No further infection of African Swine Fever (ASF) has been found at contact farms of the recently infected farm in the federal state of Lower Saxony, Germany. News of that outbreak was reported on Saturday, July 2.
As this was the first occurrence of African Swine Fever in pig-dense Lower Saxony – the furthest west so far – the outbreak near the town Emsbüren meant a big alarm. One farm had recently purchased weaner pigs from the infected farm, but that farm has now been found negative for African Swine Fever virus, according to Lower Saxony’s ministry of agriculture.
The contact farm is located in Freren, also Lower Saxony, which had 1,800 finishing pigs on-site. All samples tested negative. Lower Saxony agriculture minister Barbara Otte-Kinast therefore has growing hopes that the consequences of the ASF outbreak in Emsbüren will be limited. Otte-Kinast said, “That gives hope that we are dealing with an isolated case in Emsbüren.”
Nevertheless, all pigs on this contact farm will be culled, as the minister does not wish to take any risks. During testing, not every finisher on-site could be tested for ASF. In addition, a test does not 100% guarantee that pigs are free from ASF. In the unlikely scenario an infected animal would slip through the net, causing more infections, the consequences would be much bigger than culling.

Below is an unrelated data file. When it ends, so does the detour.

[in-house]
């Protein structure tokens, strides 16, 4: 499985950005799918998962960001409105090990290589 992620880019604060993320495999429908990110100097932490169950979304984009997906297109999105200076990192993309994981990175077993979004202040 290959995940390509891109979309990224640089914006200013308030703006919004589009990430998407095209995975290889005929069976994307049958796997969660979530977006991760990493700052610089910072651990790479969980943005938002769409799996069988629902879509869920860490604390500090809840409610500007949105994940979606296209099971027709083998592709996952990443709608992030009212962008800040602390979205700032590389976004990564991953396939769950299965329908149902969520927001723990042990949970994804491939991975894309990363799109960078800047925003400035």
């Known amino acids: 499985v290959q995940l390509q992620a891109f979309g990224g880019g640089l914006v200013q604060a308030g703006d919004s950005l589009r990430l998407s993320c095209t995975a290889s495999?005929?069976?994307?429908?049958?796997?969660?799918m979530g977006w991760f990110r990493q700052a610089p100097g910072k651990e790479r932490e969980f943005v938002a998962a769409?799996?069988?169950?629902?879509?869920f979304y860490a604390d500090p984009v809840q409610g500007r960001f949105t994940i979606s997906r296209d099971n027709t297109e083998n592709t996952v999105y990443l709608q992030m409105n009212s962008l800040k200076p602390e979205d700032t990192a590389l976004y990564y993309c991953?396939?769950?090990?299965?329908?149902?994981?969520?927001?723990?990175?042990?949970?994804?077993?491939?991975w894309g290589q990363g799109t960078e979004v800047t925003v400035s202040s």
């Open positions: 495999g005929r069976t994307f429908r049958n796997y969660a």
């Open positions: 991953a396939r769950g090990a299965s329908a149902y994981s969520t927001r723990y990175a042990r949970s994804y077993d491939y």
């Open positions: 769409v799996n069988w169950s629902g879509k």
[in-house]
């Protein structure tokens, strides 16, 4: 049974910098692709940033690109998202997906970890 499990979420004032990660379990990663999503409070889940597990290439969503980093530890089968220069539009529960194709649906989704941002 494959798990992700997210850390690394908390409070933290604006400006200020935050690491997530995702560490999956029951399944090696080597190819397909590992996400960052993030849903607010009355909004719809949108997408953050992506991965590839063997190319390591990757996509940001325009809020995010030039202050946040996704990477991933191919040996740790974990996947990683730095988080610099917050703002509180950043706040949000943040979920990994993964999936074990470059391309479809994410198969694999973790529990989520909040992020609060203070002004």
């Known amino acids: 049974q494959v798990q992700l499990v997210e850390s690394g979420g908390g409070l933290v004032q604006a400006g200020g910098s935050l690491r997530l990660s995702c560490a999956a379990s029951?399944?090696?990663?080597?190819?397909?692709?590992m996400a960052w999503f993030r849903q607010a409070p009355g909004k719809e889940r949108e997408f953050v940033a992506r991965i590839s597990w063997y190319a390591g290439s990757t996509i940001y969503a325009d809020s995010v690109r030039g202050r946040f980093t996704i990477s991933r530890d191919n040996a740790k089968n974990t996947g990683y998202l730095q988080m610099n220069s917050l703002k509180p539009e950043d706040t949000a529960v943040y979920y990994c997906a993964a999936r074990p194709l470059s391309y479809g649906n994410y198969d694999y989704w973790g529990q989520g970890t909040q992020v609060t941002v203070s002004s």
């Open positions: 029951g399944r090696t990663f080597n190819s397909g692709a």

In the meantime, the investigation to the origin of the infection at the sow farm in Emsbüren is still ongoing. This Wednesday, packers were invited for a meeting at the Lower Saxony ministry of agriculture. As processors are not always keen to accept pigs from surveillance zones, the minister wanted guarantee that they will welcome pigs from the surveillance zones too for slaughter. For the time being, however, a standstill applies to the infected area.
The standstill in the area will last until July 11. It remains a mystery what has caused the farm in Lower Saxony to get infected for ASF.
This weekend did not only cause ASF news in Western Germany, also a farm near Prenzlau in the district Uckermark close to the Polish border was found infected. In this particular farm there were about 1,300 pigs of which 4 were found positive for ASF. This outbreak took place in a region where infections occur in the wild boar population, even though they have not been found in the immediate vicinity of the farm.
In total, now 7 farms have been infected with ASF over the last 2 years. The largest infected farm was in the state Mecklenburg-Vorpommern, with just over 4,000 animals on-site. Three sites had fewer than 100 animals on the farm. The majority of the infected farms are in the state Brandenburg, close to the Polish border.